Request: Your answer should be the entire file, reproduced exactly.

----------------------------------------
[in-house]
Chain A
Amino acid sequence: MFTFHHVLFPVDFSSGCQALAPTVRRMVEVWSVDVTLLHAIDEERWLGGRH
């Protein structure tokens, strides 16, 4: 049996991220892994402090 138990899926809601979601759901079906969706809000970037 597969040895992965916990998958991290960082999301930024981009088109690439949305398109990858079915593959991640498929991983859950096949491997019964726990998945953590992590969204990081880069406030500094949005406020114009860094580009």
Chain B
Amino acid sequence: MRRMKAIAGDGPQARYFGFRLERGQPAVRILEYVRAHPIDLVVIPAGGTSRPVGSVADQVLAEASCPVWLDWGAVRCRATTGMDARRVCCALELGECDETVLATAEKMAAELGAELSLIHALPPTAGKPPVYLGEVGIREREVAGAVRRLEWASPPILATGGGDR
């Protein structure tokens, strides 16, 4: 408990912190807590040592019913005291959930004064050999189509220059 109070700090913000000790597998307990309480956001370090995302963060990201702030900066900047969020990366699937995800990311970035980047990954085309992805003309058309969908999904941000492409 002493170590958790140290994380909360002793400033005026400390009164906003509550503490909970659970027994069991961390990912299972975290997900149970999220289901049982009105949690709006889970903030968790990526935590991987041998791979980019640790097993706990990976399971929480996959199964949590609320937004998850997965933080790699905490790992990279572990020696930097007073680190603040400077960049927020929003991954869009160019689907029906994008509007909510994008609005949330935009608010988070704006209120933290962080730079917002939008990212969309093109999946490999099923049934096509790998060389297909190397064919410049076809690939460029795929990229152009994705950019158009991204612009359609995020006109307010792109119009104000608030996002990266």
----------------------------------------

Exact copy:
[in-house]
Chain A
Amino acid sequence: MFTFHHVLFPVDFSSGCQALAPTVRRMVEVWSVDVTLLHAIDEERWLGGRH
């Protein structure tokens, strides 16, 4: 049996991220892994402090 138990899926809601979601759901079906969706809000970037 597969040895992965916990998958991290960082999301930024981009088109690439949305398109990858079915593959991640498929991983859950096949491997019964726990998945953590992590969204990081880069406030500094949005406020114009860094580009």
Chain B
Amino acid sequence: MRRMKAIAGDGPQARYFGFRLERGQPAVRILEYVRAHPIDLVVIPAGGTSRPVGSVADQVLAEASCPVWLDWGAVRCRATTGMDARRVCCALELGECDETVLATAEKMAAELGAELSLIHALPPTAGKPPVYLGEVGIREREVAGAVRRLEWASPPILATGGGDR
């Protein structure tokens, strides 16, 4: 408990912190807590040592019913005291959930004064050999189509220059 109070700090913000000790597998307990309480956001370090995302963060990201702030900066900047969020990366699937995800990311970035980047990954085309992805003309058309969908999904941000492409 002493170590958790140290994380909360002793400033005026400390009164906003509550503490909970659970027994069991961390990912299972975290997900149970999220289901049982009105949690709006889970903030968790990526935590991987041998791979980019640790097993706990990976399971929480996959199964949590609320937004998850997965933080790699905490790992990279572990020696930097007073680190603040400077960049927020929003991954869009160019689907029906994008509007909510994008609005949330935009608010988070704006209120933290962080730079917002939008990212969309093109999946490999099923049934096509790998060389297909190397064919410049076809690939460029795929990229152009994705950019158009991204612009359609995020006109307010792109119009104000608030996002990266």